- Douglas Almond & Lena Edlund & Mårten Palme, 2007. "Chernobyl's Subclinical Legacy: Prenatal Exposure to Radioactive Fallout and School Outcomes in Sweden," NBER Working Papers 13347, National Bureau of Economic Research, Inc.
- Douglas Almond & Lena Edlund & Marten Palme, 2007. "Chernobyl's Subclinical Legacy: Prenatal Exposure to Radioactive Fallout and School Outcomes in Sweden," Discussion Papers 0607-19, Columbia University, Department of Economics.
- Prashant Bharadwaj & Katrine Vellesen L?ken & Christopher Neilson, 2013.
"Early Life Health Interventions and Academic Achievement,"
American Economic Review,
American Economic Association, vol. 103(5), pages 1862-91, August.
- Bharadwaj, Prashant & Løken, Katrine V. & Neilson, Christopher, 2012. "Early Life Health Interventions And Academic Achievement," Working Papers in Economics 13/12, University of Bergen, Department of Economics.
- Bharadwaj, Prashant & Loken, Katrine Vellesen & Neilson, Christopher, 2012. "Early Life Health Interventions and Academic Achievement," IZA Discussion Papers 6864, Institute for the Study of Labor (IZA).
- Emilia Del Bono & John Ermisch & Marco Francesconi, 2012. "Intrafamily Resource Allocations: A Dynamic Structural Model of Birth Weight," Journal of Labor Economics, University of Chicago Press, vol. 30(3), pages 657 - 706.
- Mark R. Rosenzweig & Kenneth I. Wolpin, 1988.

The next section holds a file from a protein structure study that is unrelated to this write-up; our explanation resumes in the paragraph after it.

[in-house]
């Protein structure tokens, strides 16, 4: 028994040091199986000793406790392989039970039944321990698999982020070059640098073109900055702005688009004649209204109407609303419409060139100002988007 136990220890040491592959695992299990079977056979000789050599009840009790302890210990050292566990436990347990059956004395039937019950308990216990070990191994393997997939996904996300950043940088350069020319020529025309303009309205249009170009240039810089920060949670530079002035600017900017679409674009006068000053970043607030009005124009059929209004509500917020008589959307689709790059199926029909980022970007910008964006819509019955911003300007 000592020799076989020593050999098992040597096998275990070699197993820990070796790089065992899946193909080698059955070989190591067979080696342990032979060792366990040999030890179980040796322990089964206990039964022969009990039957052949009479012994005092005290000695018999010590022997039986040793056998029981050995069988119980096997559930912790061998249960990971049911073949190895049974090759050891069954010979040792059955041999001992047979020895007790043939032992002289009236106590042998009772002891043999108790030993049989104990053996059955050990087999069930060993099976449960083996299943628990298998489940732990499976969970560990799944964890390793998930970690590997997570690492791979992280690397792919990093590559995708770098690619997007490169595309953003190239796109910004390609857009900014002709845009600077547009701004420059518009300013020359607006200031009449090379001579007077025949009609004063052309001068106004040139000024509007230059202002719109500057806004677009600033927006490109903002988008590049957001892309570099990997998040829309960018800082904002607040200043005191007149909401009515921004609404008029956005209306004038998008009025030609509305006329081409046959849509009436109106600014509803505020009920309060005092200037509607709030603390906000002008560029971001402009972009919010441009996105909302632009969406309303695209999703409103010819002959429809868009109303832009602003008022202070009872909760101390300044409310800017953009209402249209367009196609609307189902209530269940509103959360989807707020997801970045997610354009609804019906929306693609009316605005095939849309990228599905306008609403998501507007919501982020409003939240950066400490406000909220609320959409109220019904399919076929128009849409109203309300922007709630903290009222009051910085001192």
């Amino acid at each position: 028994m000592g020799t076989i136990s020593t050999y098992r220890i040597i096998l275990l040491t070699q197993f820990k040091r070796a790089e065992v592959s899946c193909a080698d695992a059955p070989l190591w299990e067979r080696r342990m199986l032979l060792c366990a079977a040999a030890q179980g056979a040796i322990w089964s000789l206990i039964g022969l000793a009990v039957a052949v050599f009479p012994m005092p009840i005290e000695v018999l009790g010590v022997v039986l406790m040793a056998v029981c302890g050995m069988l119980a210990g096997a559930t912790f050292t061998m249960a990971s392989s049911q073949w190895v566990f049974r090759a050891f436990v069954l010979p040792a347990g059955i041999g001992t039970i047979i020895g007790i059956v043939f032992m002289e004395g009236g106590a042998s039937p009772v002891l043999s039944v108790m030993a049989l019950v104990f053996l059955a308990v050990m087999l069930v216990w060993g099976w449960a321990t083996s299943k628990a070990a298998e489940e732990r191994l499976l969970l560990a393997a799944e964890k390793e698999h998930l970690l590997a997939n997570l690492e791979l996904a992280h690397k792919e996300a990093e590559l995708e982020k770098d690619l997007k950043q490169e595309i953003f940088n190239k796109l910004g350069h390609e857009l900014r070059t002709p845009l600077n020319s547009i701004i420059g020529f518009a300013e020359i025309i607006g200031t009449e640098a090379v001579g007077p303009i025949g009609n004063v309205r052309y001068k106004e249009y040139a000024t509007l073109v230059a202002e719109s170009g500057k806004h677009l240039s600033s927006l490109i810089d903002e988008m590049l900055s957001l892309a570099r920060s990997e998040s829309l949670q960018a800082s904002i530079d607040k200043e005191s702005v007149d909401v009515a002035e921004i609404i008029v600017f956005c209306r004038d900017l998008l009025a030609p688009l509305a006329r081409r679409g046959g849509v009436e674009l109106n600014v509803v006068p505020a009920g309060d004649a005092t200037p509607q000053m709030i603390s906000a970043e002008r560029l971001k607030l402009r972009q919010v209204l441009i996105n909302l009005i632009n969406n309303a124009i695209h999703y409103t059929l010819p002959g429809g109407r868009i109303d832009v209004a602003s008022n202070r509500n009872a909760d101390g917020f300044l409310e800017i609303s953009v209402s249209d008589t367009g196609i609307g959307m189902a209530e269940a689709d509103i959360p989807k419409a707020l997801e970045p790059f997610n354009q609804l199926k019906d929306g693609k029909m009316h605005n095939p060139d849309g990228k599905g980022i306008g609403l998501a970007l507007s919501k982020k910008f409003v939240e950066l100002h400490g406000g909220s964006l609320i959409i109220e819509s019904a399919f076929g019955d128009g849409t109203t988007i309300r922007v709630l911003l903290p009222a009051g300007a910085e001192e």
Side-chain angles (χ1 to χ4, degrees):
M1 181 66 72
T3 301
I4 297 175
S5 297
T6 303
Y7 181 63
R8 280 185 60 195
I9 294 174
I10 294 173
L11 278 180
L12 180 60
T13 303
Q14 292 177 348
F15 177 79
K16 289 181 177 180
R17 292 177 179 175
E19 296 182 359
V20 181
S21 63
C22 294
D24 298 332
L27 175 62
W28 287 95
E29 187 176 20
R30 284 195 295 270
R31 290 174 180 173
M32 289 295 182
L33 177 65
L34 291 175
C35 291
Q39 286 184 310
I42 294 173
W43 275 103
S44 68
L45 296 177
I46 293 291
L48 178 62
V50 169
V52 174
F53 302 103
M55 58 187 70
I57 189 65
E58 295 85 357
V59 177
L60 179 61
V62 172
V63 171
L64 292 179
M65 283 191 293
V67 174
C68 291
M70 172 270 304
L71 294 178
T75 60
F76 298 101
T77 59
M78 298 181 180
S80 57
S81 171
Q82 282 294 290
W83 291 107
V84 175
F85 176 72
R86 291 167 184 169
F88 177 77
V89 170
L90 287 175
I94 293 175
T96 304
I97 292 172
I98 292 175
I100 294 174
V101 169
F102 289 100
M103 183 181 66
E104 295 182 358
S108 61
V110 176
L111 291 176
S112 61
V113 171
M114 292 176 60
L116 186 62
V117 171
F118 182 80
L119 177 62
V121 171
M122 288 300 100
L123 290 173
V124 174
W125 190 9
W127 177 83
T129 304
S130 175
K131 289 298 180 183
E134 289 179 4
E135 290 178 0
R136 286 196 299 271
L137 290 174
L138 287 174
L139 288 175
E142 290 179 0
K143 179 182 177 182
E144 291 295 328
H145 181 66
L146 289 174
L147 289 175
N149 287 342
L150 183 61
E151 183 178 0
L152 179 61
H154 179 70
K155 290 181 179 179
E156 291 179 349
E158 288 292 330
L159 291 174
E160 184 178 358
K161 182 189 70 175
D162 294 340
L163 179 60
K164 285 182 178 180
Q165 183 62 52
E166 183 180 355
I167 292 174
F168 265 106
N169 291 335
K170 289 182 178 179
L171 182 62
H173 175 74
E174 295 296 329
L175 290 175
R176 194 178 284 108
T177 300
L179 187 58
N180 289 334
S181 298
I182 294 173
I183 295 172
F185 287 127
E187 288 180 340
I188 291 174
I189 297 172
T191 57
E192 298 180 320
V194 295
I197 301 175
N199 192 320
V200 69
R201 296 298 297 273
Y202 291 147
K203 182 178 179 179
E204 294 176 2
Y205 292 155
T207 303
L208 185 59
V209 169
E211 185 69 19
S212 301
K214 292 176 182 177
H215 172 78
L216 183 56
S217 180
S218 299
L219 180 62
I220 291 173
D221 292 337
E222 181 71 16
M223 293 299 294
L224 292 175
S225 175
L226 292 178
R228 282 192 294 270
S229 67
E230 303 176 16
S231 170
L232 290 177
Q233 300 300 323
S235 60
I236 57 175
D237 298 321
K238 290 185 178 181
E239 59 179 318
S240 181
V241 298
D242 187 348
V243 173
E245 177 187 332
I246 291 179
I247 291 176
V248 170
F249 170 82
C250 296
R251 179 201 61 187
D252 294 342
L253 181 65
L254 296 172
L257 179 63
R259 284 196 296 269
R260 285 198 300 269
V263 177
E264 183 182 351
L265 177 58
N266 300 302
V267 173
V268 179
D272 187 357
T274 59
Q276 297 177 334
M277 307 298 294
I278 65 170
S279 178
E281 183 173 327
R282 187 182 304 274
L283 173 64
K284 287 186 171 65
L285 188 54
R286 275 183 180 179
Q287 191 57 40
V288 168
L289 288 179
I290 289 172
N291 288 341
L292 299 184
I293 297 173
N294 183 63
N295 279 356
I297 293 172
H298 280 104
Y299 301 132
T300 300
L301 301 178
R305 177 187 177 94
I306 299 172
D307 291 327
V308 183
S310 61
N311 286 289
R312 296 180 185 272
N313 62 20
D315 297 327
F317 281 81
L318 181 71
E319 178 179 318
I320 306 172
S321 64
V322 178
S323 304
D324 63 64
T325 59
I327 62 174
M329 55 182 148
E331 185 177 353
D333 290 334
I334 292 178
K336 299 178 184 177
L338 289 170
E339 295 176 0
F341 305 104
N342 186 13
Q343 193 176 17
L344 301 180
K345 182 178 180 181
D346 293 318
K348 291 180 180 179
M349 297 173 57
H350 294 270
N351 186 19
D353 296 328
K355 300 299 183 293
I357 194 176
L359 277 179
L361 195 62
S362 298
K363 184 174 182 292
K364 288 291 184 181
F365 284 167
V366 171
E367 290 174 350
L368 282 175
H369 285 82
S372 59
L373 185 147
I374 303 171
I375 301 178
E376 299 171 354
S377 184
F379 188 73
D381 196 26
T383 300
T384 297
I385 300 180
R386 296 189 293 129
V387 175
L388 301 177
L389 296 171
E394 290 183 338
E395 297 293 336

"Heterogeneity, Intrafamily Distribution, and Child Health,"
Journal of Human Resources,
University of Wisconsin Press, vol. 23(4), pages 437-461.
- Rosenzweig, Mark R. & Wolpin, Kenneth I., 1984. "Heterogeneity, Intrafamily Distribution and Child Health," Bulletins 8429, University of Minnesota, Economic Development Center.
- Alexander M. Gelber & Adam Isen, 2011. "Children’s Schooling and Parents’ Investment in Children: Evidence from the Head Start Impact Study," NBER Working Papers 17704, National Bureau of Economic Research, Inc.
- Erica Field & Omar Robles & Maximo Torero, 2009. "Iodine Deficiency and Schooling Attainment in Tanzania," American Economic Journal: Applied Economics, American Economic Association, vol. 1(4), pages 140-69, October.
- Achyuta Adhvaryu & Anant Nyshadham, 2011. "Endowments and Investment within the Household: Evidence from Iodine Supplementation in Tanzania," Working Papers 998, Economic Growth Center, Yale University.
- Martin Halla & Martina Zweimüller, 2014.
"Parental Response to Early Human Capital Shocks: Evidence from the Chernobyl Accident,"
Economics working papers
2014-02, Department of Economics, Johannes Kepler University Linz, Austria.
- Martin Halla & Martina Zweimüller, 2014. "Parental Response to Early Human Capital Shocks: Evidence from the Chernobyl Accident," NRN working papers 2014-01, The Austrian Center for Labor Economics and the Analysis of the Welfare State, Johannes Kepler University Linz, Austria.
- Cheti Nicoletti & Birgitta Rabe, 2013.
"School inputs and skills: Complementarity and self-productivity,"
13/30, Department of Economics, University of York.
- Heather Royer, 2009. "Separated at Girth: US Twin Estimates of the Effects of Birth Weight," American Economic Journal: Applied Economics, American Economic Association, vol. 1(1), pages 49-85, January.
- Stephanie von Hinke Kessler Scholder & George L. Wehby & Sarah Lewis & Luisa Zuccolo, 2014. "Alcohol Exposure In Utero and Child Academic Achievement," NBER Working Papers 19839, National Bureau of Economic Research, Inc.
For technical questions regarding this item, or to correct its authors, title, abstract, bibliographic or download information, contact: (Bernie Flores).
If references are entirely missing, you can add them using this form.